Wolfskinder by Claudia Heinermann
Signed books only
Wolf children (German: Wolfskinder) was the name given to a group of orphaned German children at the end of World War II in East Prussia.
When the Red Army conquered East Prussia in 1945, thousands of German children were left on their own, because their parents had been killed during bombing raids or during harsh winters without any food or shelter. Older children often tried to keep their siblings together, and survival—searching for food and shelter—became their number-one priority. Many went on food-scrounging trips into neighboring Lithuania and were adopted by the rural Lithuanian farmers, who often employed them. Most of these children made these trips back and forth many times to get food for their sick mothers or siblings. They were called “Wolfskinder” because of their wolf-like wandering through the forests and along railroad tracks, sometimes catching rides on top or in between railroad cars, jumping off before reaching Soviet control stations. All who assisted the German children to survive had to hide their efforts from the Soviet occupation authorities in Lithuania. Therefore, many German children”s names were changed, and only after the collapse of the Soviet Union in 1990 could they reveal their true identities.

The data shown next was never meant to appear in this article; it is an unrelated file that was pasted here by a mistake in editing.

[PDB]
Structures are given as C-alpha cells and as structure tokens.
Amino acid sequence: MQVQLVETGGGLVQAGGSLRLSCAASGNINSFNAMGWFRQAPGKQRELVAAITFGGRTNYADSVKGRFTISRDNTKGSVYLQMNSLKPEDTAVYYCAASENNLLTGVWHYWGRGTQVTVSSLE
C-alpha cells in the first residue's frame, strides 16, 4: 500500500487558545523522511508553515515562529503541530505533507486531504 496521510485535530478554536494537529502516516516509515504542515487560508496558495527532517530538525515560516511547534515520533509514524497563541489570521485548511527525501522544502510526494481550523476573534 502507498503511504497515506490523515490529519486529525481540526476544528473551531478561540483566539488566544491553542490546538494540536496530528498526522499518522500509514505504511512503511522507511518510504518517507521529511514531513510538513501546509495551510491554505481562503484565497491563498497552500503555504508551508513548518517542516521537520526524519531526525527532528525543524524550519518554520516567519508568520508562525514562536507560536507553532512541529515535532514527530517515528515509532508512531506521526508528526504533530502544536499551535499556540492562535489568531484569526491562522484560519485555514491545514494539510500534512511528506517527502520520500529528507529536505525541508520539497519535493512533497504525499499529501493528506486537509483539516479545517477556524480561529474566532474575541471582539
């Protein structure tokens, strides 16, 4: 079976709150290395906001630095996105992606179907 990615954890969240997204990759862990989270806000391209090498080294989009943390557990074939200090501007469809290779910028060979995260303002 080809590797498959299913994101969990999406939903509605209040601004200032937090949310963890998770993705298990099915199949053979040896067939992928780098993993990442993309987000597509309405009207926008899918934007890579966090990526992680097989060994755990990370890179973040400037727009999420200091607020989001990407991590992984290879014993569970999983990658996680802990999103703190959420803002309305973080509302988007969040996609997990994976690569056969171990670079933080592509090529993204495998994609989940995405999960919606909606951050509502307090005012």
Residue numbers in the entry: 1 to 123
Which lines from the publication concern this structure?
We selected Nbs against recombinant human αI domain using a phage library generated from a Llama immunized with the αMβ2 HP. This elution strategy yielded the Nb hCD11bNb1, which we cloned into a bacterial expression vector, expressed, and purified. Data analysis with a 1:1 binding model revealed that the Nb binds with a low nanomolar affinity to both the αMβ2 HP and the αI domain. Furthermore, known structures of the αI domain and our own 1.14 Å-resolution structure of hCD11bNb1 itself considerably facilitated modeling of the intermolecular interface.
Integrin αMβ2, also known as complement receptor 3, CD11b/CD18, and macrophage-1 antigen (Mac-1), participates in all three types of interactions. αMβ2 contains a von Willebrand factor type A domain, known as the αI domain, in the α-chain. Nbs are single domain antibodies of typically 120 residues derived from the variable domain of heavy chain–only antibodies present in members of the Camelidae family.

“Most of the Wolfskinder became orphans by war and flight in the stage of child. They had to care for themselves and find out how to survive. Many reached Lithuania, where they worked at farms to gain their living. Most had no chance for school education. A larger part never got lessons to write or read. In many cases, the children got new Lithuanian pre- and family names and became Lithuanians. There was no choice, as it was forbidden for them to opt as Germans.”
Some hundred Wolfskinder were discovered in Lithuania after the separation from Russia. Today almost 80 still live there. From the beginning of the 1990s on, Wolf children have fought for their German citizenship. They have their own association. The Federal Office of Administration within the Federal Ministry of the Interior (Germany) held for a long time to the standpoint that persons who left Königsberg territory after World War II had renounced their German citizenship